The service sector expanded in April, with business activity accelerating at the strongest pace in four years.
The Institute for Supply Management, a trade group of purchasing executives, said its service sector index read 55.4 in April, the same level as in March. It's the fourth straight month of growth. Economists polled by Thomson Reuters had expected a stronger reading of 56. A level above 50 indicates growth.
The service sector accounts for 80 percent of U.S. jobs in areas such as health care, retail and financial services. It has lagged behind the smaller manufacturing sector in the recovery as consumers curtailed their spending.
While employment data released from other market trackers Wednesday pointed to a brightening jobs picture, ISM's jobs measure contracted for the 28th straight month in April despite strong growth in business activity.
Payroll company ADP on Wednesday said private employers added 32,000 jobs last month, with services producers adding 50,000 jobs. Outplacement consultancy Challenger Gray & Christmas said American employers planned about 38,300 jobs cuts in April, the fewest since July 2006.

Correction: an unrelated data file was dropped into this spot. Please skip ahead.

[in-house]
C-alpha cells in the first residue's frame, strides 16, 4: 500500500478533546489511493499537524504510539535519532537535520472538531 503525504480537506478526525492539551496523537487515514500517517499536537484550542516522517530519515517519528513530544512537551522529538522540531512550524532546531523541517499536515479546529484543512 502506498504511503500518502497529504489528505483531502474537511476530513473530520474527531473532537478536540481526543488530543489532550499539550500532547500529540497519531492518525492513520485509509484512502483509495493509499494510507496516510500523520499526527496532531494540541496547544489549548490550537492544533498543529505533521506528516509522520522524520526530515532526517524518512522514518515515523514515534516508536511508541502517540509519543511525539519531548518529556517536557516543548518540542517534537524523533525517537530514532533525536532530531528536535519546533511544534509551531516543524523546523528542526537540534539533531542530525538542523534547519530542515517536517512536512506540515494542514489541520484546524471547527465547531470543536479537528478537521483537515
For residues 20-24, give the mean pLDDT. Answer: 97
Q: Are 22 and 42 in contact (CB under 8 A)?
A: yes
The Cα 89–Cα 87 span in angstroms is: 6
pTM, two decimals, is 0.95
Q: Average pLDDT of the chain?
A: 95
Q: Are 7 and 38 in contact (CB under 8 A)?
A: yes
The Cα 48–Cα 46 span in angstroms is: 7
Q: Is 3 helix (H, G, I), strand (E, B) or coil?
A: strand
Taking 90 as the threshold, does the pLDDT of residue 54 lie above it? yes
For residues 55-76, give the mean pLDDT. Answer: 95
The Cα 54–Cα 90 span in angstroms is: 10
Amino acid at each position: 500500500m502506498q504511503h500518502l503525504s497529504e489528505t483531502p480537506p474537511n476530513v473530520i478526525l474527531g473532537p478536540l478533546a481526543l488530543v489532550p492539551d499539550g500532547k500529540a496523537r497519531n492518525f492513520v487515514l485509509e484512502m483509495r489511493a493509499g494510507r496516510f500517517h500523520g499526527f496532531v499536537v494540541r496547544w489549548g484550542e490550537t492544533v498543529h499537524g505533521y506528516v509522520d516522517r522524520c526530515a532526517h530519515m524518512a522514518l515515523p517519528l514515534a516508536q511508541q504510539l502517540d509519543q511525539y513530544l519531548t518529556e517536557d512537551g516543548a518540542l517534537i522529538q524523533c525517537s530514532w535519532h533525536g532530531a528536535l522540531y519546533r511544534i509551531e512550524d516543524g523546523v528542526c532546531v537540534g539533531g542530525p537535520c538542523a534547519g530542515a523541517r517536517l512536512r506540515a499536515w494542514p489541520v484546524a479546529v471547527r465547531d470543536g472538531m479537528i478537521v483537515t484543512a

The government reports Friday on April employment. Economists expect employers to add 200,000 jobs, which would be the biggest jobs gain since March 2007. The unemployment rate is expected to stay at 9.7 percent.
That's "pretty modest" employment growth, said Ryan Wang of HSBC. Of the 200,000 jobs gains forecast for April, HSBC predicts 135,000 will come from temporary hires by the U.S. Census.
The service sector is getting a boost from retail sales, which are recovering from their plunge last year, and industries associated with manufacturers, he said. But they remain cautious about hiring, he added.
Jennifer Lee, an economist with BMO Capital Markets, said even though the ISM service sector reading was lower than expected, it still shows the non-manufacturing sector has grown during the past four months.
"That is key as industries outside of manufacturing account for about 80 percent of the U.S. economy and is thus a good indication that the economy is spreading beyond the manufacturing base," she said.
ISM said its measure of business activity rose to 60.3, the strongest pace of expansion since April 2006, and a measure of new orders remained high. New orders signal future business.
Fourteen of the 18 industries ISM surveys said they grew in April, led by arts and entertainment, real estate, the information sector, agriculture, and management and back-office support services companies.
The four industries that shrank were utilities, education, healthcare and social services, and professional and scientific services.
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